PDA

View Full Version : Chemically dry hair should be brushed while wet



Sylvanas
May 15th, 2010, 11:14 AM
Or so this Norwegian article about how to brush your hair says: http://www.klikk.no/mote/skjonnhet/article574717.ece

I've added the link so those who understand Norwegian can read it, but for those who don't, I'll do my best to translate.


Brush while the hair is wet

Hair is at its weakest when it's wet, and therefore many people will tell you not to brush until it's dry. However, this is not true for all hairtypes.

If the hair is chemically dry, it should be brushed while wet, with a deep-treatment hair mask or a leave-in product applied. Chemically dry hair is crispy(porous), and will break if brushed when dry.

I'm not sure what to make of this. On one hand it makes sense, cause if the hair is wet and slippery enough, I can slide a comb through it no problem. No matter how carefully I brush when my hair has airdried, there are still a few tangles, and the brush only glides through easily after I've already brushed it to get the tangles out.

It would be interesting to hear your opinions and thoughts on this, as I've never heard anyone mention brushing while wet as the best and least damaging option.

Burgundyhair
May 15th, 2010, 11:43 AM
I always use a wide tooth comp or my denman when my hair is wet and full of conditioner. I don't touch it other wise. I also finger comb/detangle when wet only.

I have curly and porous hair. Double whammy!

Quixii
May 15th, 2010, 11:53 AM
I don't know about chemically dry hair, but a lot of curlies only brush/comb when wet/with conditioner because combs or brushes rip apart curls, which probably causes more damage than detangling while the hair is wet and straight-ish.

Sylvanas
May 15th, 2010, 12:11 PM
Yes, I've read that most curly girls (and gents) brush while wet, as brushing while dry is almost impossible for some, and ruins the curl pattern for others. I've just never heard anyone say "I do this because it's less damaging", it's always more along the lines of "I know brushing while wet is bad, but it's the only way I can get a comb through my hair".

I've decided to experiment with this a bit, and see what happens if I stick with wet combing for a longer period of time. Maybe I can end up saying "I brush while wet because it's less damaging" :D

I'm very interested to hear from people with different hairtypes. The article said it's not the best option for everyone, so I'm guessing there must be people who feel brushing while wet does nothing for their hair.

Underlig
May 15th, 2010, 12:23 PM
I comb my hair when it's wet with conditioner in it. It's not because I can't comb it otherwise, I can and I do. And I wouldn't really call my hair dry either. It's just one of those things I prefer to do. I guess maybe it feels like the conditioner coats all my hair better if I do? Either way, it does eliminate the tangles I'd have when it dries, even though they're not many either way.

Nera
May 15th, 2010, 12:59 PM
Definately makes sense to me! I always brush my hair when wet, and i have dry porous hair.

Snowcold
May 15th, 2010, 03:12 PM
I always brush when wet, my hair just dries so much prettier when doing that. Besides, it never caused me any damage. It causes me more damage to dry the whole tangled thing and then brush it! Ouch!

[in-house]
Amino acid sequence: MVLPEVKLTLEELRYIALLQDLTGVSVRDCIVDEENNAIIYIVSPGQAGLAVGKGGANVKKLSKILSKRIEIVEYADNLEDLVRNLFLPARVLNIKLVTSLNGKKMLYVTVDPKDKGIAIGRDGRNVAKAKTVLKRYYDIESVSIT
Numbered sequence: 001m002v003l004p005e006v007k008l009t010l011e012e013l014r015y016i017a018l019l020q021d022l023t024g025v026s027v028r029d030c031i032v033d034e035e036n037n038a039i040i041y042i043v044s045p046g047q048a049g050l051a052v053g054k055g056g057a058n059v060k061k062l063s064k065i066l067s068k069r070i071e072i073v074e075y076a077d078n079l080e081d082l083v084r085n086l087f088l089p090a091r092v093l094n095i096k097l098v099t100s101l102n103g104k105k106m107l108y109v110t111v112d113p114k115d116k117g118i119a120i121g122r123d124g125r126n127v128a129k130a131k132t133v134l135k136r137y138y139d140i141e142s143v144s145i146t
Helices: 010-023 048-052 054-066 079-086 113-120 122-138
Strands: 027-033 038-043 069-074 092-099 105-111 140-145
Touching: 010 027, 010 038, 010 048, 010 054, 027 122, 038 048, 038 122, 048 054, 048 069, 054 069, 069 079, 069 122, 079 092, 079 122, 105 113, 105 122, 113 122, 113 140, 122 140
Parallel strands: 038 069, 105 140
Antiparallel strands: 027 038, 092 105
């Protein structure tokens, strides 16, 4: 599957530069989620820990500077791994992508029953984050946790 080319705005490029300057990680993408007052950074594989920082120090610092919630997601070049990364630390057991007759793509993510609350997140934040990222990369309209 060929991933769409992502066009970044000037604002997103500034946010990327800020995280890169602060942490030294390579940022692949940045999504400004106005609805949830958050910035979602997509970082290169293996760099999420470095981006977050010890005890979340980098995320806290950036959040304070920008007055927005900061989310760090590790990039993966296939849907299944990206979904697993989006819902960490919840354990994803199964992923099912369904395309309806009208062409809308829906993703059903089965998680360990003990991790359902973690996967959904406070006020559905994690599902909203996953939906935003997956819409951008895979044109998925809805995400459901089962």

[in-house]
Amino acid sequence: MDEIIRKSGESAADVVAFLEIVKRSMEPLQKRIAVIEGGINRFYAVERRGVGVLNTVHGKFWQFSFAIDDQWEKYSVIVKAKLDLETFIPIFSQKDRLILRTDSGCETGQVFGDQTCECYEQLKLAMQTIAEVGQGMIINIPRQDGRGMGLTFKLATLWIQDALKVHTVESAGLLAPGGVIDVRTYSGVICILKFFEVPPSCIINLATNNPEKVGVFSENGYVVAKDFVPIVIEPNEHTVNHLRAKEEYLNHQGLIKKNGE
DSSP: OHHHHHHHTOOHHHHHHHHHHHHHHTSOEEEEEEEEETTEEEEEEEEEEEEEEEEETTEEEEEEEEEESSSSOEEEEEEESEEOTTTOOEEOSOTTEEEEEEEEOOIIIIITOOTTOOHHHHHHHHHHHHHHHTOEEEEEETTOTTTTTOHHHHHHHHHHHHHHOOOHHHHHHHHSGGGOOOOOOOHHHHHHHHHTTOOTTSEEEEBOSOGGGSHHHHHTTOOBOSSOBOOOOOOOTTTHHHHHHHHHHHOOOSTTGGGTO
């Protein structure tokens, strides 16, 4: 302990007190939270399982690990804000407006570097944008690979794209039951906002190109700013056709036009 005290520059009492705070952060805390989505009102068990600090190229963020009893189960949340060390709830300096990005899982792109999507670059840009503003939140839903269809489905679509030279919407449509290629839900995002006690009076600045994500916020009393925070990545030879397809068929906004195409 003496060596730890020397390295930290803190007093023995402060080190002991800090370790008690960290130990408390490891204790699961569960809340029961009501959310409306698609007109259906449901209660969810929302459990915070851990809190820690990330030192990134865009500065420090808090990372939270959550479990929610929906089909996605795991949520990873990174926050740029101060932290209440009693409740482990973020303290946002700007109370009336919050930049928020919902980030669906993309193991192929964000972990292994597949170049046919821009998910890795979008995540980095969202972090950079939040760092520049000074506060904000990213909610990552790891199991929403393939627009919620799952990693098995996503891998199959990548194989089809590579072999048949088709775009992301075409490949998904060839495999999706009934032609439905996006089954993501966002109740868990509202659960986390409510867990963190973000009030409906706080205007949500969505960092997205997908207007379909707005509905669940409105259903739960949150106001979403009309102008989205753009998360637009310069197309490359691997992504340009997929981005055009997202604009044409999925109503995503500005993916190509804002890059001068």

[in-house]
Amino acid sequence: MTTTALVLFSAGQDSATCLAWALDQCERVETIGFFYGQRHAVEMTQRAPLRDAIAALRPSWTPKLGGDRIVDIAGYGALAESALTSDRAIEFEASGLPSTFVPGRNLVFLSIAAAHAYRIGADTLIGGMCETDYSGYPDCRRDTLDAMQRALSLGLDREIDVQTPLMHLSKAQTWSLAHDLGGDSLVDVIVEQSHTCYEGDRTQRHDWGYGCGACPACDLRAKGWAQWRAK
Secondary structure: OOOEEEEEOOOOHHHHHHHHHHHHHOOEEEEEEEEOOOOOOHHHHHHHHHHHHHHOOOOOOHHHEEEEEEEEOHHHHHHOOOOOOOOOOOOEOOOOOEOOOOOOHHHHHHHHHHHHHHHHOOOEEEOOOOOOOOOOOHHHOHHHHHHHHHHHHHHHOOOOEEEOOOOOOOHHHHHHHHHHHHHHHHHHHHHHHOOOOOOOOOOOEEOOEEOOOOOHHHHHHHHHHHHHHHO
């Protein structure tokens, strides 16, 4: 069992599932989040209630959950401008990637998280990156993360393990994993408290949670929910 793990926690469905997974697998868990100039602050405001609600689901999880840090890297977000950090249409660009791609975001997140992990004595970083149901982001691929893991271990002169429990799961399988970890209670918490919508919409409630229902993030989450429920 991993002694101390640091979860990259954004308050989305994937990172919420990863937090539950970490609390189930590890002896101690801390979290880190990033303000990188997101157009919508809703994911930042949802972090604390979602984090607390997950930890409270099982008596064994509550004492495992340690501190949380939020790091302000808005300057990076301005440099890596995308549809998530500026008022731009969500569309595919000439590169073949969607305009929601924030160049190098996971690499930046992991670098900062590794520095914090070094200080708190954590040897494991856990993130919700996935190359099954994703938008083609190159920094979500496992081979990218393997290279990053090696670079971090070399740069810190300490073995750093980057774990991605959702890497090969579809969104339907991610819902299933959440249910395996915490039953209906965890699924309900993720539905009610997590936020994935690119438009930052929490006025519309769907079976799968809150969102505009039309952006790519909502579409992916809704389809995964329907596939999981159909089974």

And yes, my hair is chemically died, so that could be it.

SimplyViki
May 15th, 2010, 03:14 PM
What do they mean by "chemically dry" hair?

Sylvanas
May 15th, 2010, 03:29 PM
What do they mean by "chemically dry" hair?

I assume they mean hair that is dry due to chemical damage, as opposed to virgin hair that is a bit on the dry side naturally. They did specify "chemically dry" in the article, but I'm not sure if it's really that different from naturally dry hair :confused:

Kathie
May 15th, 2010, 03:32 PM
I wouldn’t! My bleached hair is kind of stretchy when wet. If I brushed it would stretch and break... The mental image sends shivers down my spine. Its much stronger when its dry.

Overall it doesn’t get brushed much- just combed with a wide-tooth comb.

Sylvanas
May 15th, 2010, 03:38 PM
I wouldnít! My bleached hair is kind of stretchy when wet. If I brushed it would stretch and break... The mental image sends shivers down my spine. Its much stronger when its dry.

Overall it doesnít get brushed much- just combed with a wide-tooth comb.

The same is true for me, but if I make sure it's completely covered in conditioner or a hair mask, I can comb through it without any trouble. It won't stretch then. If I were to just comb while wet after rinsing the conditioner out I'd probably just end up snapping the hair.

Have you tried combing it with the conditioner on, and if so - did it still feel more fragile than when dry? :)

FrannyG
May 15th, 2010, 03:44 PM
This must be a hair-type thing. The bottom 6 inches of my hair is more chemically damaged and porous than the rest of my hair, and there is no way that I would have less breakage if I brushed or combed my hair when wet, even if soaked in conditioner.

When I first joined LHC my hair was also damaged and porous. One of the biggest changes I noticed in my hair was lack of breakage after I stopped trying to comb my hair with conditioner in the shower.

My hair used to be very thin at the ends when it was this length. Combing only when dry has helped keep my hair fuller and with less taper due to breakage.

SimplyViki
May 15th, 2010, 03:46 PM